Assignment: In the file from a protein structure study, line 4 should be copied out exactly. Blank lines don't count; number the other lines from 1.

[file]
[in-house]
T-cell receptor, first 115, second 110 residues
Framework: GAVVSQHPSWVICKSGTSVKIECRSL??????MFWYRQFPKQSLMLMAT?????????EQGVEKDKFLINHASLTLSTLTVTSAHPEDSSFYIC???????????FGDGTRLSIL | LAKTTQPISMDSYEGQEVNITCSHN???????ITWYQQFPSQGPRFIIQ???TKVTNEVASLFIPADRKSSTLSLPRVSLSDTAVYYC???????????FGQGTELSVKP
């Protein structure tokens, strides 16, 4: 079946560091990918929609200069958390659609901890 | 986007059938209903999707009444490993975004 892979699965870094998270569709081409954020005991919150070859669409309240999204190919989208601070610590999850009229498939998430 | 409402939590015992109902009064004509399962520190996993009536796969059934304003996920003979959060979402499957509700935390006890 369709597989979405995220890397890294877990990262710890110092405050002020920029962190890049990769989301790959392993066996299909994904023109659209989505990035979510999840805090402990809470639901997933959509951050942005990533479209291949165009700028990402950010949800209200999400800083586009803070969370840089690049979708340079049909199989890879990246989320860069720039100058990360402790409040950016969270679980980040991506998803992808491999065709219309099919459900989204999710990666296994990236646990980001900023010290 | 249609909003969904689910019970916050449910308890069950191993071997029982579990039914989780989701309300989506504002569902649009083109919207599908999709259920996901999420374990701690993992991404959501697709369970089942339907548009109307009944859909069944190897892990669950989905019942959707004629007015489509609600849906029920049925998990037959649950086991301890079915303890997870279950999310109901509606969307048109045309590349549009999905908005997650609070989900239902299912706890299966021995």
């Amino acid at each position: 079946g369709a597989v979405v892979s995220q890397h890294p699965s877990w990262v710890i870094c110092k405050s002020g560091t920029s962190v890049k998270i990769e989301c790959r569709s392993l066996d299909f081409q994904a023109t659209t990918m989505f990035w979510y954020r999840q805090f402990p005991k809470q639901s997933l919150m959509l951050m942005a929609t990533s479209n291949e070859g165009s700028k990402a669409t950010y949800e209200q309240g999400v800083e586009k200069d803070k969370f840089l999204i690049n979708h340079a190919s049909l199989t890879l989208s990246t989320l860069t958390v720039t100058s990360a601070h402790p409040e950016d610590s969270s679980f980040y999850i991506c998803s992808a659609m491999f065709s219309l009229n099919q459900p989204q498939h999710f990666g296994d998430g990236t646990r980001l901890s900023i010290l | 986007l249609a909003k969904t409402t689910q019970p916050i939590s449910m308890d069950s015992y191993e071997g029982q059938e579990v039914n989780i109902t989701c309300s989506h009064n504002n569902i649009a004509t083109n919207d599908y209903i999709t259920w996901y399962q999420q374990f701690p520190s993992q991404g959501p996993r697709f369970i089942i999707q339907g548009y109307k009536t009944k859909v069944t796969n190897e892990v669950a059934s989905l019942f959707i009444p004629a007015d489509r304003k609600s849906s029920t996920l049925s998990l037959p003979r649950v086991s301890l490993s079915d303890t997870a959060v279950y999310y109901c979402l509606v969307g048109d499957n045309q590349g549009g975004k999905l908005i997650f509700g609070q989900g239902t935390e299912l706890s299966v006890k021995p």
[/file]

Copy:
């Protein structure tokens, strides 16, 4: 079946560091990918929609200069958390659609901890 | 986007059938209903999707009444490993975004 892979699965870094998270569709081409954020005991919150070859669409309240999204190919989208601070610590999850009229498939998430 | 409402939590015992109902009064004509399962520190996993009536796969059934304003996920003979959060979402499957509700935390006890 369709597989979405995220890397890294877990990262710890110092405050002020920029962190890049990769989301790959392993066996299909994904023109659209989505990035979510999840805090402990809470639901997933959509951050942005990533479209291949165009700028990402950010949800209200999400800083586009803070969370840089690049979708340079049909199989890879990246989320860069720039100058990360402790409040950016969270679980980040991506998803992808491999065709219309099919459900989204999710990666296994990236646990980001900023010290 | 249609909003969904689910019970916050449910308890069950191993071997029982579990039914989780989701309300989506504002569902649009083109919207599908999709259920996901999420374990701690993992991404959501697709369970089942339907548009109307009944859909069944190897892990669950989905019942959707004629007015489509609600849906029920049925998990037959649950086991301890079915303890997870279950999310109901509606969307048109045309590349549009999905908005997650609070989900239902299912706890299966021995």